Using our next tool ‘COMPARE IT’ we compare the HEX data of the DLL files.I first compared the two versions with no changes, and marked down the address locations that changed.These will be immediately ignored when I compare the change of the flag
Now when you change 1 thing in code it could echo throughout many different parts of the hex data.What I saw was that the byte 06 became byte 0A.
Now what I don’t show is I use IDA to look at the instruction set of the unmodified old DLL file, as this compes with PBD debugging files since I compiled it in debugging mode. This means when I read the assembly, it knows what function names are and its partially human readable code due to the debugging information.I see that the assembly instruction is
6 being the 06 byte we saw in the hex code.
I then went to the obfuscated assembly of the newest DLL of demul, and searched it for all occurrences of Push 6.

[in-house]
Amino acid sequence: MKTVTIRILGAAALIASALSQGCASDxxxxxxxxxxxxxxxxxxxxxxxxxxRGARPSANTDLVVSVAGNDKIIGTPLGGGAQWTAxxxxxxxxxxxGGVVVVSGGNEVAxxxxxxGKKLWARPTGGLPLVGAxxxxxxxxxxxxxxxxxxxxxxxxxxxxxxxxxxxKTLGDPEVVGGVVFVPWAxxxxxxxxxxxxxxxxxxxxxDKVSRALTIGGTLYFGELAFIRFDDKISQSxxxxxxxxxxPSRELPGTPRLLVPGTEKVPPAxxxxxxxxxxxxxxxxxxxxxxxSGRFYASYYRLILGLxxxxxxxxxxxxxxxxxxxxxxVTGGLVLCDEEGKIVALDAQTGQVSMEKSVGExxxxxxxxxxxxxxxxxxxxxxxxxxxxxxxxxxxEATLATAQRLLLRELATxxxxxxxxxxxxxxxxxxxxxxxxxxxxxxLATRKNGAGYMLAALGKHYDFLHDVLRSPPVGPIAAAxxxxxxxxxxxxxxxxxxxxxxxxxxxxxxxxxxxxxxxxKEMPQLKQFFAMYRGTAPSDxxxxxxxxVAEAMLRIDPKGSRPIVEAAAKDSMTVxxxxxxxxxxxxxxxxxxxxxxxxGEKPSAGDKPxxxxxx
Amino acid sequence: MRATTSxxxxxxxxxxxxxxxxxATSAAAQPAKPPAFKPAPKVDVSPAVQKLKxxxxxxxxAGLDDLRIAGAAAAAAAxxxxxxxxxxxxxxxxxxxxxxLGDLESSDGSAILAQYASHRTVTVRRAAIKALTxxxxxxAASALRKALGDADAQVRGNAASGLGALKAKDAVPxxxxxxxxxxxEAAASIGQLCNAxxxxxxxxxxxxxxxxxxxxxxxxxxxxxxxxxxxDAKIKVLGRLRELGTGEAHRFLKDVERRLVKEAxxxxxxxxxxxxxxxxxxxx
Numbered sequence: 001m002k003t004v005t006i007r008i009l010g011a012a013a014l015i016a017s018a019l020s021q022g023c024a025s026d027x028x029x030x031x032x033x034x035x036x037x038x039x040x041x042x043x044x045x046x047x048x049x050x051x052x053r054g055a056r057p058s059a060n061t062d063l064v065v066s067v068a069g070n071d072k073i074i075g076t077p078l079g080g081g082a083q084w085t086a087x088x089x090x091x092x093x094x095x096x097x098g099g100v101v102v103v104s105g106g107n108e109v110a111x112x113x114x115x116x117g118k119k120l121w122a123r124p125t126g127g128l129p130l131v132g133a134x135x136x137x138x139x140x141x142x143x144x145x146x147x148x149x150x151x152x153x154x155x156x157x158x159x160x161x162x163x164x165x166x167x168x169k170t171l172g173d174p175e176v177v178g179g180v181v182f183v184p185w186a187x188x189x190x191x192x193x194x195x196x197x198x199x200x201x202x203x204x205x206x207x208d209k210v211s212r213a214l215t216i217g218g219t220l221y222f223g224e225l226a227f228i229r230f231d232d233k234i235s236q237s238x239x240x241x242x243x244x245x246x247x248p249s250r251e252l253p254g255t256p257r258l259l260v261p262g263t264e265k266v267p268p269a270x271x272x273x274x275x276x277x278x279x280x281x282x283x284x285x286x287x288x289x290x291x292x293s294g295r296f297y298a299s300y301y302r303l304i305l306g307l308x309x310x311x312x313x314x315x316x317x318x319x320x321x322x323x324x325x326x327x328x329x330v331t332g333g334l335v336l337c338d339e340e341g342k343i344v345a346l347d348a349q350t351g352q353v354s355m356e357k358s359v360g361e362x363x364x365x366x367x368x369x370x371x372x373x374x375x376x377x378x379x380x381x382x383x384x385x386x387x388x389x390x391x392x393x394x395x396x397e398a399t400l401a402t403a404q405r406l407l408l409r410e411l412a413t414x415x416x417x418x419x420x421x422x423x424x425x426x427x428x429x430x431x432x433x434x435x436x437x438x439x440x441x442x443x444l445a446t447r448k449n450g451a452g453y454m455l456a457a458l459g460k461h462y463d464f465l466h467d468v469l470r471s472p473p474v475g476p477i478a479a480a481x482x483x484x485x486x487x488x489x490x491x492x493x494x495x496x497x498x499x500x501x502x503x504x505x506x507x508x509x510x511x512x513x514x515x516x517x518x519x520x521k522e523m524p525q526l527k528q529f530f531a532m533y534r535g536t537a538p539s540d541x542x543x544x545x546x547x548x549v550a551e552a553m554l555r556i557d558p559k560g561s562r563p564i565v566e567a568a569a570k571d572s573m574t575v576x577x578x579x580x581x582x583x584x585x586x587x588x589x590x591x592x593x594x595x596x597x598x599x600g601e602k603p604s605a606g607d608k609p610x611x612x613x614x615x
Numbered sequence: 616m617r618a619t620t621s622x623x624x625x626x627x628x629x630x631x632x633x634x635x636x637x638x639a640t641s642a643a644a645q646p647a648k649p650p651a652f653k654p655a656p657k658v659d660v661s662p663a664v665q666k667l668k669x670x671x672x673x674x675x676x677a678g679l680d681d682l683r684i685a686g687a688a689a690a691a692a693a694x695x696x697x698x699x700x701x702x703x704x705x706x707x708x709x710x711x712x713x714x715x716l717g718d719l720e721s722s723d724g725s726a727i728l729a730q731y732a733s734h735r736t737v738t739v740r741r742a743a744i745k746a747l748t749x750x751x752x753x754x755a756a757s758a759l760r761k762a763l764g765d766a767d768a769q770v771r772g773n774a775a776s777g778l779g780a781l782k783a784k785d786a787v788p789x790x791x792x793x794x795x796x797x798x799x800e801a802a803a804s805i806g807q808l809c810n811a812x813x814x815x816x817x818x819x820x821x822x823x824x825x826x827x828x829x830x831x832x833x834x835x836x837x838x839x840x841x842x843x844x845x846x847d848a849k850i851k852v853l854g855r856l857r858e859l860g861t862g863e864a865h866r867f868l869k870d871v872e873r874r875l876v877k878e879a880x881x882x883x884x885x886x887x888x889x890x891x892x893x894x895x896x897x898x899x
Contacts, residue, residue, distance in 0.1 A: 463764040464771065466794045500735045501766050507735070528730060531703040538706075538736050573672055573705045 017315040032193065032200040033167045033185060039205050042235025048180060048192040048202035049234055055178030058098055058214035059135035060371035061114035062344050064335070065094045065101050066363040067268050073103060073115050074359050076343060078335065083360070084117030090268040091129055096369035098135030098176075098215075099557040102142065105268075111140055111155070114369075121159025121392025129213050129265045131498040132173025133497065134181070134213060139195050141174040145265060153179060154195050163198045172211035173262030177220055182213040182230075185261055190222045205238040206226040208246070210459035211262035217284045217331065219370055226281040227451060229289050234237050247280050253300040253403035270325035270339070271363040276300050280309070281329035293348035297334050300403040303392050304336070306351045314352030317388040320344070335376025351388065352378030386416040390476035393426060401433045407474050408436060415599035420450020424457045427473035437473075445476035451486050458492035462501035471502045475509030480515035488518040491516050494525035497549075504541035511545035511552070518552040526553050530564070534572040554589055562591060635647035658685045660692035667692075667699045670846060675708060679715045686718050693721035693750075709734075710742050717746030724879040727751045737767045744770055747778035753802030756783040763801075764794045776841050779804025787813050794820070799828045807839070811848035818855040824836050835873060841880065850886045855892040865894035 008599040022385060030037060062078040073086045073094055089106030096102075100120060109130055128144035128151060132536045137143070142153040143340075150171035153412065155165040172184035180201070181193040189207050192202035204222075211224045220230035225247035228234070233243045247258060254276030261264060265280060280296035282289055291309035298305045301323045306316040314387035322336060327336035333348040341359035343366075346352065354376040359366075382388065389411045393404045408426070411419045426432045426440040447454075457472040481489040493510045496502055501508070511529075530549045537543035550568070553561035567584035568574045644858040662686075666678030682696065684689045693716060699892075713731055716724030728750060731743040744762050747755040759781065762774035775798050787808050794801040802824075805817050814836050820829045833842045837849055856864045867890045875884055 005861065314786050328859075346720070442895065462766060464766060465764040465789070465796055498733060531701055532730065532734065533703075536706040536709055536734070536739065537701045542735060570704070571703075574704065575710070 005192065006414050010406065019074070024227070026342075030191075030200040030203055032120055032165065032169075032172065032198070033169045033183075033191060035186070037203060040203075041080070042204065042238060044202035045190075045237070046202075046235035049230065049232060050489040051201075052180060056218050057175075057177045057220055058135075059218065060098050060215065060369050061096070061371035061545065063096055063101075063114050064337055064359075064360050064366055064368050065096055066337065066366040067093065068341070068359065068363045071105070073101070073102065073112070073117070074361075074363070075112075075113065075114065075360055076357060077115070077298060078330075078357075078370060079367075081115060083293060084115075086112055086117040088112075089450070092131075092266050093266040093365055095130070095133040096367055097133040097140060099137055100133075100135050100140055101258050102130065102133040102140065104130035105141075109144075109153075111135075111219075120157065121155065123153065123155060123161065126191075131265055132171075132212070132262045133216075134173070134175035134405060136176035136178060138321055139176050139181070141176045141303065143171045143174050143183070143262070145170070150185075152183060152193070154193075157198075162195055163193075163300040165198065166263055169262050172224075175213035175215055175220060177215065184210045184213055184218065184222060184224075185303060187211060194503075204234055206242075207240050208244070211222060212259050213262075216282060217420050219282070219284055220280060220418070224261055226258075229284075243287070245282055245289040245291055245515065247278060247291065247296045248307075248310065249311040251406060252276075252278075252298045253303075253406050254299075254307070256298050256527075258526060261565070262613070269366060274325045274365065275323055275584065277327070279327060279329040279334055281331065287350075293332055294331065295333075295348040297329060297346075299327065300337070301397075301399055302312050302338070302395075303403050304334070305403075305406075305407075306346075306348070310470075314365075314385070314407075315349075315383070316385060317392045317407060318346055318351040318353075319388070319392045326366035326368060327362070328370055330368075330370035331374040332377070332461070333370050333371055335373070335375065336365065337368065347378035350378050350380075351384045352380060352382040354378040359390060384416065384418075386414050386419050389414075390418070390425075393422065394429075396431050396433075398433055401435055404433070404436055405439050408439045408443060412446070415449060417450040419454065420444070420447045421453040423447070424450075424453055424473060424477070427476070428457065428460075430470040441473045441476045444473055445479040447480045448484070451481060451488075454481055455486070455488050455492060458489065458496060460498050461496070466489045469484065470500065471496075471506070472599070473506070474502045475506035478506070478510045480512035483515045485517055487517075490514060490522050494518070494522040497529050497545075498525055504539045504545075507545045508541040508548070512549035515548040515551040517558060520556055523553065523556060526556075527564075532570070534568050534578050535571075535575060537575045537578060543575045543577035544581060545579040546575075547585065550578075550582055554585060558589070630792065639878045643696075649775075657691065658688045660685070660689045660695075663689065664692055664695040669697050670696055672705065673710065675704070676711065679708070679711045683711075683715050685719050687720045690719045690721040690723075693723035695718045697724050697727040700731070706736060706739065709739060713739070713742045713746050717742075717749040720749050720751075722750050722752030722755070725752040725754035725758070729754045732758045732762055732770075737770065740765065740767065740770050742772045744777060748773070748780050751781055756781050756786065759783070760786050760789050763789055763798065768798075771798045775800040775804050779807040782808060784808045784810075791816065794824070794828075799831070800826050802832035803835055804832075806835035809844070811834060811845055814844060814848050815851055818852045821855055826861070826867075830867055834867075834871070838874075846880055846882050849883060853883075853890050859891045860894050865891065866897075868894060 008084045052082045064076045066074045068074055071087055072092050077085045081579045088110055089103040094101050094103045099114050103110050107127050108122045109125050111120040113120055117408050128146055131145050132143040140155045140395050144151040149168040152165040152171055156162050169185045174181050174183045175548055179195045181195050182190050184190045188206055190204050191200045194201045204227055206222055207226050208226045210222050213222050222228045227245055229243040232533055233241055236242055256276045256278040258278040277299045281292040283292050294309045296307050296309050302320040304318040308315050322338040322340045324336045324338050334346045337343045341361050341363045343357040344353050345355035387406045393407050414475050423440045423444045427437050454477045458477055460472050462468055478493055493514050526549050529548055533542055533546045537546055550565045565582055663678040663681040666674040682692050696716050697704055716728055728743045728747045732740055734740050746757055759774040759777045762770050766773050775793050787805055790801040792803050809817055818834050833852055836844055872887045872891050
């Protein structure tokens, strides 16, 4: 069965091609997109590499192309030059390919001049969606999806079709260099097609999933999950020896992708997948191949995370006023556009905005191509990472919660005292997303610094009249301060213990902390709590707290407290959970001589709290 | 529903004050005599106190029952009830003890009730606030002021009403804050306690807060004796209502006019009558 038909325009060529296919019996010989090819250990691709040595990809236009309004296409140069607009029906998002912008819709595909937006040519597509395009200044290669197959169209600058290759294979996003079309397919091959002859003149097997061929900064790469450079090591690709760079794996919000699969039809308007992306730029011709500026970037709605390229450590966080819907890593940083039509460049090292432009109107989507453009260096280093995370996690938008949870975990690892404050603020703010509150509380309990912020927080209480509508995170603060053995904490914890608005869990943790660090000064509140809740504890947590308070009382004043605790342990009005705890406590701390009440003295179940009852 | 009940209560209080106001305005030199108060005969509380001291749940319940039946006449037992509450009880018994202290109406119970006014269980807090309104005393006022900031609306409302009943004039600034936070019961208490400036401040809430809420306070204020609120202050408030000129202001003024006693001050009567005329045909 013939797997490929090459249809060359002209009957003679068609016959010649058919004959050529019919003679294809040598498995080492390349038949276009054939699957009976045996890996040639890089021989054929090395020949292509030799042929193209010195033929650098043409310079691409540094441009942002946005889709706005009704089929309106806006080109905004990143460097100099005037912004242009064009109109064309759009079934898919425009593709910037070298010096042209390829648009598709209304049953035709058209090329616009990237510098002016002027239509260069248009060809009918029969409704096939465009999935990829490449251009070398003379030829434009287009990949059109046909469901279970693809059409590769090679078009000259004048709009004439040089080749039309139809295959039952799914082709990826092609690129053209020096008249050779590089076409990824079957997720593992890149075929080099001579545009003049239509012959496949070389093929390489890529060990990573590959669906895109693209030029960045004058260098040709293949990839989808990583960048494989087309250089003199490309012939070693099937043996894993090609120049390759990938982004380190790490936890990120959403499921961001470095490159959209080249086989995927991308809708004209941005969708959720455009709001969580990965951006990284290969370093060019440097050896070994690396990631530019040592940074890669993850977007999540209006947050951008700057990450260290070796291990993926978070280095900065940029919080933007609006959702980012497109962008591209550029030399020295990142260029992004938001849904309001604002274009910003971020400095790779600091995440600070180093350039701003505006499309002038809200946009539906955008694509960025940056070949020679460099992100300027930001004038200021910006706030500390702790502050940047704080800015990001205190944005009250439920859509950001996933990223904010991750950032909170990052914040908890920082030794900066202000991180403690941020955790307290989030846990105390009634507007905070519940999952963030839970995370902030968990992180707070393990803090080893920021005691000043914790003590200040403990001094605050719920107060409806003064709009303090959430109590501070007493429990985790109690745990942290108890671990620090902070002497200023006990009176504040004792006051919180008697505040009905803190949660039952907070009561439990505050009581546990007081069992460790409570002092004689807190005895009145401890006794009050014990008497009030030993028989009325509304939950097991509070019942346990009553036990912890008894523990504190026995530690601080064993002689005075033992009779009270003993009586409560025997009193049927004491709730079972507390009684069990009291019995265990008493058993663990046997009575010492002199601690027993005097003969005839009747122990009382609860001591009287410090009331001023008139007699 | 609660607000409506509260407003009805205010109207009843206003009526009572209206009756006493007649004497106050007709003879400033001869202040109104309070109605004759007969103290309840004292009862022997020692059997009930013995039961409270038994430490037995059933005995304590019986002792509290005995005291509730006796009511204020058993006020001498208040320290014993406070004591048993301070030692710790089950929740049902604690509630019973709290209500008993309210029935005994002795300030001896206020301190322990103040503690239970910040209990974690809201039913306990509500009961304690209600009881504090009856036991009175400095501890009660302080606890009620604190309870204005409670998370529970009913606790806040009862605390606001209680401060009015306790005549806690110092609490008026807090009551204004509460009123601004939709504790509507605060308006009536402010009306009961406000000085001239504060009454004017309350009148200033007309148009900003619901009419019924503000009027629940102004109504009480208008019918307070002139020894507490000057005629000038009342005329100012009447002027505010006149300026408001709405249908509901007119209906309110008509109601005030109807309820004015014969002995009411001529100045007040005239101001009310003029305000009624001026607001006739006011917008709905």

Second to last one I finally see code that looks similar, and even mentions COOPERATION. So I change the hex values here.
For some reason the HEX view on all these things are different memory locations. But I use IDA to generate a DIF file, which shows me the differences , or changes I made. DIF files can be used to patch EXEs and DLLs but I ended up changing a single byte manually.
Dif file contents
This difference file has been created by IDA padDemul2.dll 00000000000282E3: 06 0A
So the address 282E3 changes from 06 to 0A.Just one byte!!
Now using a hex editor I modify that address location and….
I reversed the code of DEMUL using the alpha 0.1 git version to deduce things, guess a lot, and end up finding the single byte responsible for blocking keyboard inputs to non-window focused application so that I can play multiplayer NAOMI games with DEMUL, specifically, virtual on 2.
PEID – identify source code
IDA – view assembly of source code
WINCompare – compare the hex data of the source files before/after compile changes.
Windows Messaging / Direct Input
Final result 1PC, 2 emulators, always accepting input.